To work with the new brake system, Jim Meyer offers a brake kit that gives you a 1-inch diameter dual-chamber master cylinder, a Wilwood proportioning valve to balance the front disc/rear drum system, a new push rod and master cylinder extension tube, two 18-inch stainless braided brake lines, plus a plug and "T" that allow you to connect to your original brake line system. Twelve pages of illustrated instructions walk you through the installation. Or, if you happen to be near the great Northwest, you can bring your First-Gen to Jim Meyer's shop and they will do the installation. It's as simple as drive-in and drive-out in two-three days. Just call for a reservation.

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After the kit was installed, the new measurement is 26 1/2 inches at the same point, a height reduction of 2 1/4 inches. The new front track width is 1 inch narrower then the stock 58 inches. The new IFS track has a width of 57 inches, which leaves room for a slightly wider tire.

Even though the new IFS bolts to the same factory holes, JMRP went one step further and added a 3-inch weldable tab between the upper tower and the frame for maximum strength. This can be reached from the engine compartment for a simple one-horizontal (weld) pass on each side.

There are a number of optional features to embellish the IFS. These include a one-inch diameter anti-roll bar, 2-inch drop spindles, 12-inch OEM Impala/Caprice disc brakes in the same ball joints, 13-inch Baer or Wilwood disc brakes, and an Air Ride Technologies ShockWave airbag system.

The installation can be done at home with basic hand tools, a floor jack, and jackstands. The car should be at least 24 inches off the ground to remove and replace the IFS units. Depending on how fast you work and how much help you have, the job can usually be accomplished in a two- or three-day weekend if you opt for a new column. It may take longer if you choose to modify the old column, however this can be a separate task prior to the IFS installation. If you don't have a welder or can't weld, get a friend to bring one over and make the three short welds for you.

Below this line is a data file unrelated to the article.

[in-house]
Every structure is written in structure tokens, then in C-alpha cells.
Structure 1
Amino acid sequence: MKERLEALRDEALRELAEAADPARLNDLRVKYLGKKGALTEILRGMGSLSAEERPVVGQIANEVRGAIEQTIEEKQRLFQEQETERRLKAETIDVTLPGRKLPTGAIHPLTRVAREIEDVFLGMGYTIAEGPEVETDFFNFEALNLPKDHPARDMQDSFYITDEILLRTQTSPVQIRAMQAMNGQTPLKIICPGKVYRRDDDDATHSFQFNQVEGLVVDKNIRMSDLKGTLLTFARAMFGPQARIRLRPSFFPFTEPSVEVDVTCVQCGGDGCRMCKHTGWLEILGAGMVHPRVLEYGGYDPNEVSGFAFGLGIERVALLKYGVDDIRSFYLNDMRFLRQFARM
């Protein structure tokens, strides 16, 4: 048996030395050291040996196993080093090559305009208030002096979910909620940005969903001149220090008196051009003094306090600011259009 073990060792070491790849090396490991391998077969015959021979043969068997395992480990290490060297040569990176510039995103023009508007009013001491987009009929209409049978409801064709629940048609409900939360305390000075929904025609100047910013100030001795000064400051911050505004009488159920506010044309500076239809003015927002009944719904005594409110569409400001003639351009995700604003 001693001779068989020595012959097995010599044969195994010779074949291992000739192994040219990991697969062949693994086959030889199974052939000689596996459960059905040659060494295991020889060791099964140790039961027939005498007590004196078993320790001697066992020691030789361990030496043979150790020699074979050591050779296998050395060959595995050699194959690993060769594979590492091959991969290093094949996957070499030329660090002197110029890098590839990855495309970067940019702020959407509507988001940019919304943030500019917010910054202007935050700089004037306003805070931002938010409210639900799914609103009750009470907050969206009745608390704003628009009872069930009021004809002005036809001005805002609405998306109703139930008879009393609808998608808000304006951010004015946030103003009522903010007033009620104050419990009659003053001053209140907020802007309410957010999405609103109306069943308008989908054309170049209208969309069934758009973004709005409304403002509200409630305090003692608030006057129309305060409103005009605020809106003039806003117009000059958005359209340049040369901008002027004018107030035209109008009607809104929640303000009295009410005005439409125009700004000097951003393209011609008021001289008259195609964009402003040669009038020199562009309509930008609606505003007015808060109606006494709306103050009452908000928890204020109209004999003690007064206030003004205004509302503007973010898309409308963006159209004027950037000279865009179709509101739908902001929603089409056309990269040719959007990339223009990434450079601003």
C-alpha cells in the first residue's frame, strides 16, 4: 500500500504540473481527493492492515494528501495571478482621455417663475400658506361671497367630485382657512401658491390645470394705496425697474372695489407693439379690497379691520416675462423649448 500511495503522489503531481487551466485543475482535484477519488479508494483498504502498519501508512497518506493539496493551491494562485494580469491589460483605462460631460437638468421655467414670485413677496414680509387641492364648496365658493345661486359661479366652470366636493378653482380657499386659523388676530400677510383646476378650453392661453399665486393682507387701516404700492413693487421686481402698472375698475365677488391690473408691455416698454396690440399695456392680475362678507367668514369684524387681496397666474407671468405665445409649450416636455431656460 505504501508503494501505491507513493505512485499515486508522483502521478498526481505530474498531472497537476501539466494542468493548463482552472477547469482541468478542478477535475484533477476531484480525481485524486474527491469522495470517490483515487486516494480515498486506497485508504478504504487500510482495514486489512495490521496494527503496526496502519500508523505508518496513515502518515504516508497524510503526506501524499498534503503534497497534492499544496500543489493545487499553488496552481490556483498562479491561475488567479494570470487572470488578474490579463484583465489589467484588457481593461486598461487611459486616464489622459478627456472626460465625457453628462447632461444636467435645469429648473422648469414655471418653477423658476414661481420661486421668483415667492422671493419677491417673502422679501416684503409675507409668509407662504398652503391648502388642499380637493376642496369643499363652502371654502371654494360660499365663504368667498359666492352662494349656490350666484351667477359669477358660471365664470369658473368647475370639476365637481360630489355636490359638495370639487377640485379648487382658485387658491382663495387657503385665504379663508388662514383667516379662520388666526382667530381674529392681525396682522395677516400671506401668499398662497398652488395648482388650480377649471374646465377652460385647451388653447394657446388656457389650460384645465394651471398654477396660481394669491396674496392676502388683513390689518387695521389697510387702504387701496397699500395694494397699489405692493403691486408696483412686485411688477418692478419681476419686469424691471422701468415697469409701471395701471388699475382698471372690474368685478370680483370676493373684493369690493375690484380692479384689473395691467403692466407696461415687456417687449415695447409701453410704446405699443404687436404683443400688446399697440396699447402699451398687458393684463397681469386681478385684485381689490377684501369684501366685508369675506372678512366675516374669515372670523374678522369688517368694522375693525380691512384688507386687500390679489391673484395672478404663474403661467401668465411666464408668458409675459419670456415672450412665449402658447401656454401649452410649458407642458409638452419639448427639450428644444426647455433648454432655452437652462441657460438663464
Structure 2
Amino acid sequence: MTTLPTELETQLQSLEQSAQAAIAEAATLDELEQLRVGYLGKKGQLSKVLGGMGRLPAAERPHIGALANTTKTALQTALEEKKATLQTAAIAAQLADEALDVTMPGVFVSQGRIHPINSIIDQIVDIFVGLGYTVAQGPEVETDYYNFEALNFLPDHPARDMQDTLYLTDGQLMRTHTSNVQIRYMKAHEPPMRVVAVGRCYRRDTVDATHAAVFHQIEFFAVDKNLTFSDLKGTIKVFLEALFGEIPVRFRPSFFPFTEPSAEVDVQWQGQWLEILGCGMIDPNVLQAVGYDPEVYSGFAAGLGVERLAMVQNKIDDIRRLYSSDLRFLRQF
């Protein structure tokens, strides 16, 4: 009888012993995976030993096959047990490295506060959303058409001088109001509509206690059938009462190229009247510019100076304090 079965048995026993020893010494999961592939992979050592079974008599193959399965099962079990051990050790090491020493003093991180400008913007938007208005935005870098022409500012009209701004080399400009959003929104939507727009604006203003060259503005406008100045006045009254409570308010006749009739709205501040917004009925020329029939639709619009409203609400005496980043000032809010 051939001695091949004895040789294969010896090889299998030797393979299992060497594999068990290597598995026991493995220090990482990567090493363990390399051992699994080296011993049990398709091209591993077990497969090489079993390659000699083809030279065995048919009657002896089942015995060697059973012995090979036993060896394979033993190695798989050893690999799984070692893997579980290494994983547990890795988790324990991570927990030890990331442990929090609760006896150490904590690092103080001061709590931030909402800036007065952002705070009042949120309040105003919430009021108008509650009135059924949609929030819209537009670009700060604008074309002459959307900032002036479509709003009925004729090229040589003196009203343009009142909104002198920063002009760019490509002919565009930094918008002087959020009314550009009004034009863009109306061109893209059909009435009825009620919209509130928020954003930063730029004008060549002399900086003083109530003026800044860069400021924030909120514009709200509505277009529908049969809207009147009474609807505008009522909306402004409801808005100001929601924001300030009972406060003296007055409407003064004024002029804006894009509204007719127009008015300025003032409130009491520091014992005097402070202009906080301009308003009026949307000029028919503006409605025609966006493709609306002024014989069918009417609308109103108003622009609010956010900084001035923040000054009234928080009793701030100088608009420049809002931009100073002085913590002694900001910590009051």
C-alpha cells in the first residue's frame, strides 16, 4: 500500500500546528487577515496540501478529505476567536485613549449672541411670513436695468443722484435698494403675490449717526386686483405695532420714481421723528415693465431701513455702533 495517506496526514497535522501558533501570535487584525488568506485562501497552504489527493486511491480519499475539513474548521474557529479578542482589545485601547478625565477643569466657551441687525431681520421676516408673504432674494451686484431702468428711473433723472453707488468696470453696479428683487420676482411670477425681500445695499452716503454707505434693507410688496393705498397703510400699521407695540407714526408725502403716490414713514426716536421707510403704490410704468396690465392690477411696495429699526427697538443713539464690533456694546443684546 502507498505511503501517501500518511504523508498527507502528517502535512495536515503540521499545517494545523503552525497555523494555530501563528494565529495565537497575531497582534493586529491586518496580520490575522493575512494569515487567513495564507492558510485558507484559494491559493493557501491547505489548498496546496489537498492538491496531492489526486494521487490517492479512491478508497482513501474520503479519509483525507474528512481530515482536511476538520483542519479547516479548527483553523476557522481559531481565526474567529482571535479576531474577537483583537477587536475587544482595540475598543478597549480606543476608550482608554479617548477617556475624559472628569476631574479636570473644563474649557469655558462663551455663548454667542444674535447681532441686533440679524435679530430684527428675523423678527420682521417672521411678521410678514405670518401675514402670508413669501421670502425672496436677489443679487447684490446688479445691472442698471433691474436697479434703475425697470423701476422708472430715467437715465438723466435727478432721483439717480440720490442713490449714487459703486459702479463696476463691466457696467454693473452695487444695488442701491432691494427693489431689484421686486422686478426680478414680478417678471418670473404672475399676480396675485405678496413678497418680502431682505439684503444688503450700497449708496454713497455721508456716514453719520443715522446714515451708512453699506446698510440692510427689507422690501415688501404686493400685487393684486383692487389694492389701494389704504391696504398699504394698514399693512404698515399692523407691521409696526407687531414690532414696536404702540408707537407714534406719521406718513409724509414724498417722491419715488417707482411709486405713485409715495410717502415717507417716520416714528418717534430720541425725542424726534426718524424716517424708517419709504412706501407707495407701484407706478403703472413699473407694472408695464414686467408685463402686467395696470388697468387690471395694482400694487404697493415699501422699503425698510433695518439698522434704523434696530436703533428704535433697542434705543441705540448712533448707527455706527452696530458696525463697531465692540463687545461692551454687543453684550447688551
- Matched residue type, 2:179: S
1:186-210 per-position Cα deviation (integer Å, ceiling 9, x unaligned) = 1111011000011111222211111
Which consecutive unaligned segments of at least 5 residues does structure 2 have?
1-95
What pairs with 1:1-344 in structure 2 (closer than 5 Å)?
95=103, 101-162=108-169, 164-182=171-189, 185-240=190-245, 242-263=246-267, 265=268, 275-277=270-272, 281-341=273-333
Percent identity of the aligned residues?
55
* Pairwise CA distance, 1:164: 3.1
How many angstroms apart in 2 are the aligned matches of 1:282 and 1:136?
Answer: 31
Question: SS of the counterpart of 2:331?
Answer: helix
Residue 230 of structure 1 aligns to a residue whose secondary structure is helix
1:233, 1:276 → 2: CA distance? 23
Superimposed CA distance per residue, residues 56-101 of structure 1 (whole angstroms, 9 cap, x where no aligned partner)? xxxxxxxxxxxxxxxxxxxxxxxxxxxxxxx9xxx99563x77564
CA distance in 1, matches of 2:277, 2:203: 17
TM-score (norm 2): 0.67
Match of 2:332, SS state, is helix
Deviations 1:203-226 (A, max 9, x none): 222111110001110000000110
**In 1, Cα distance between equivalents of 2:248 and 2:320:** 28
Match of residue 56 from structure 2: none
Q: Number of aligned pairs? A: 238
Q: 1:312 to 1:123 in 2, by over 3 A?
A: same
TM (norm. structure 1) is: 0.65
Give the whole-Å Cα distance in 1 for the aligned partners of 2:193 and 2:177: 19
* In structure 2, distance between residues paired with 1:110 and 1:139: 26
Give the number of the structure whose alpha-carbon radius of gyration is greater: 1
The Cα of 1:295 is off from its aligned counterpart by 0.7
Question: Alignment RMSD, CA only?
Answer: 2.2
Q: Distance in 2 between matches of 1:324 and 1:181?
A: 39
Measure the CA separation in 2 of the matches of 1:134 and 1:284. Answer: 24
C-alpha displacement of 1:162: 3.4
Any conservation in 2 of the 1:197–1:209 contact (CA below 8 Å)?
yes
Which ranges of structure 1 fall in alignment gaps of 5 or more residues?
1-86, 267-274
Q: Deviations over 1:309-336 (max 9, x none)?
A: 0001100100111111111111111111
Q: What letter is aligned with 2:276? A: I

In addition to the IFS kit, JMRP offers more '53-62 Corvette component kits. He offers a complete rearend kit that uses the popular narrowed 9-inch Ford unit and retains the stock ('53-62 Corvette) driveshaft without modification. Jim Meyer also produces a direct replacement 2x4 box tube, mandrel-bent chassis with any options you'd like, including four ShockWave airbags, front and rear stabilizer bars, the same IFS shown here, the above-mentioned rearend kit, 11- or 12-inch GM brakes, tubular crossmembers, and room for a 3-inch exhaust.

Upgrading a First-Gen Corvette has never been simpler, especially with all the options available. By using new technologies to improve the handling, stopping and steering capabilities, solid-axle Corvettes can much more pleasant cars to drive, even for long distances.